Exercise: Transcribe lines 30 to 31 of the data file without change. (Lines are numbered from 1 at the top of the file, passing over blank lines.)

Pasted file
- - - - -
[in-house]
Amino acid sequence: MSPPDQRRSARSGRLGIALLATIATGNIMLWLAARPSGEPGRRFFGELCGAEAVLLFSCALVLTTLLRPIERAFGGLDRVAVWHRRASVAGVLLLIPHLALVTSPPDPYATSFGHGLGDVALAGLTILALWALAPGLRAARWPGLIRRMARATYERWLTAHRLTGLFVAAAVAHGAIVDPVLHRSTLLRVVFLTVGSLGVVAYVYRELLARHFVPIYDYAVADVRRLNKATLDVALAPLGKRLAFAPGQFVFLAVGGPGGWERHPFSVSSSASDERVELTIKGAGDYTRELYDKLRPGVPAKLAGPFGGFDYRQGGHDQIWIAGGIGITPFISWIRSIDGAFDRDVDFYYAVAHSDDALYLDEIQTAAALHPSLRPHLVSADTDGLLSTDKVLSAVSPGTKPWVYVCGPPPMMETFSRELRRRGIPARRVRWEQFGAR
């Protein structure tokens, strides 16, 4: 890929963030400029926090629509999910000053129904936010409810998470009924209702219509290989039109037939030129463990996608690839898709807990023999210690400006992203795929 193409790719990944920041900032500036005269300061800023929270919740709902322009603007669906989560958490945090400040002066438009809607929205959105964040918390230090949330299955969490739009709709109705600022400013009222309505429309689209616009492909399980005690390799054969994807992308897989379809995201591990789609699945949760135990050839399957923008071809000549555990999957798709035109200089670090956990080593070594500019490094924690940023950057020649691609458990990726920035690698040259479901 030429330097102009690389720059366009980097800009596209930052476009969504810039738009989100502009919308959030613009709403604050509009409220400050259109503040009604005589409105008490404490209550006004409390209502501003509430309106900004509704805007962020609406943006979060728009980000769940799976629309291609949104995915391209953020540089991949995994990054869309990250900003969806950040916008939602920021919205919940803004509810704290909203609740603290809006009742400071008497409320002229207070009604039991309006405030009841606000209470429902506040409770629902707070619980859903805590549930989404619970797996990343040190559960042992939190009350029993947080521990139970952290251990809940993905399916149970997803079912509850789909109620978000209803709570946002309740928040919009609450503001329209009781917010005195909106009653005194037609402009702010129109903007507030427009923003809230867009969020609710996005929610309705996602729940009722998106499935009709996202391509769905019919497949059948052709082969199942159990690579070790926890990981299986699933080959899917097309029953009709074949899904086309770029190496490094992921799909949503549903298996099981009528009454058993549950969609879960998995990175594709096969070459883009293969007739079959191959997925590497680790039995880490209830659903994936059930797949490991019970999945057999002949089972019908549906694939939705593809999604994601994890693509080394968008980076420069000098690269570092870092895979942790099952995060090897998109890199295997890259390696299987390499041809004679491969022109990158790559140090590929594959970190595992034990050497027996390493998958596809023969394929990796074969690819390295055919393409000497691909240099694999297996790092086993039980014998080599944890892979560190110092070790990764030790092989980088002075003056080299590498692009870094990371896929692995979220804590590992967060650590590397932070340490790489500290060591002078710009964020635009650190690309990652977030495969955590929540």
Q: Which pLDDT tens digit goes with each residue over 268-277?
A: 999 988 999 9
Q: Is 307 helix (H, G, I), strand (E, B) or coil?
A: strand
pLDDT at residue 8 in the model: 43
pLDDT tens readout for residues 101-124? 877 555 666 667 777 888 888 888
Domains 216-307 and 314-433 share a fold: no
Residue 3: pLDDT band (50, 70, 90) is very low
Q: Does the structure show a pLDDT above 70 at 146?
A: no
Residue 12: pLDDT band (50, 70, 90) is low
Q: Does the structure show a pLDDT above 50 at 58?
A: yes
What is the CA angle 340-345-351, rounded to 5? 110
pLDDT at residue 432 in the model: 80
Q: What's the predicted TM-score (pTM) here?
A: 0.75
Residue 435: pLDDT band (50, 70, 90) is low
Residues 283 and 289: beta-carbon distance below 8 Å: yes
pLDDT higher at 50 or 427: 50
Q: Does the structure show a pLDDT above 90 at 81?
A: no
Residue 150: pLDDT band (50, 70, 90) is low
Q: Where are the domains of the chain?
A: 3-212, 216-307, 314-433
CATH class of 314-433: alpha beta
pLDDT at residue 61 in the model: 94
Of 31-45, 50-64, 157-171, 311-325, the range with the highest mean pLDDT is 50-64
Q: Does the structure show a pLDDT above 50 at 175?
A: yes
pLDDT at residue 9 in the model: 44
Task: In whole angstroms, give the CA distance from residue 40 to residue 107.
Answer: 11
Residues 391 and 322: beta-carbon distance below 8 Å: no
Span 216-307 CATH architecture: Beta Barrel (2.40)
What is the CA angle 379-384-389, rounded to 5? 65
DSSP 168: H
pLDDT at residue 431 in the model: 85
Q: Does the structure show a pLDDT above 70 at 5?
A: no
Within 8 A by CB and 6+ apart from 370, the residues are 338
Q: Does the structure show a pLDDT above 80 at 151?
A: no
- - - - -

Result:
pLDDT at residue 61 in the model: 94
Of 31-45, 50-64, 157-171, 311-325, the range with the highest mean pLDDT is 50-64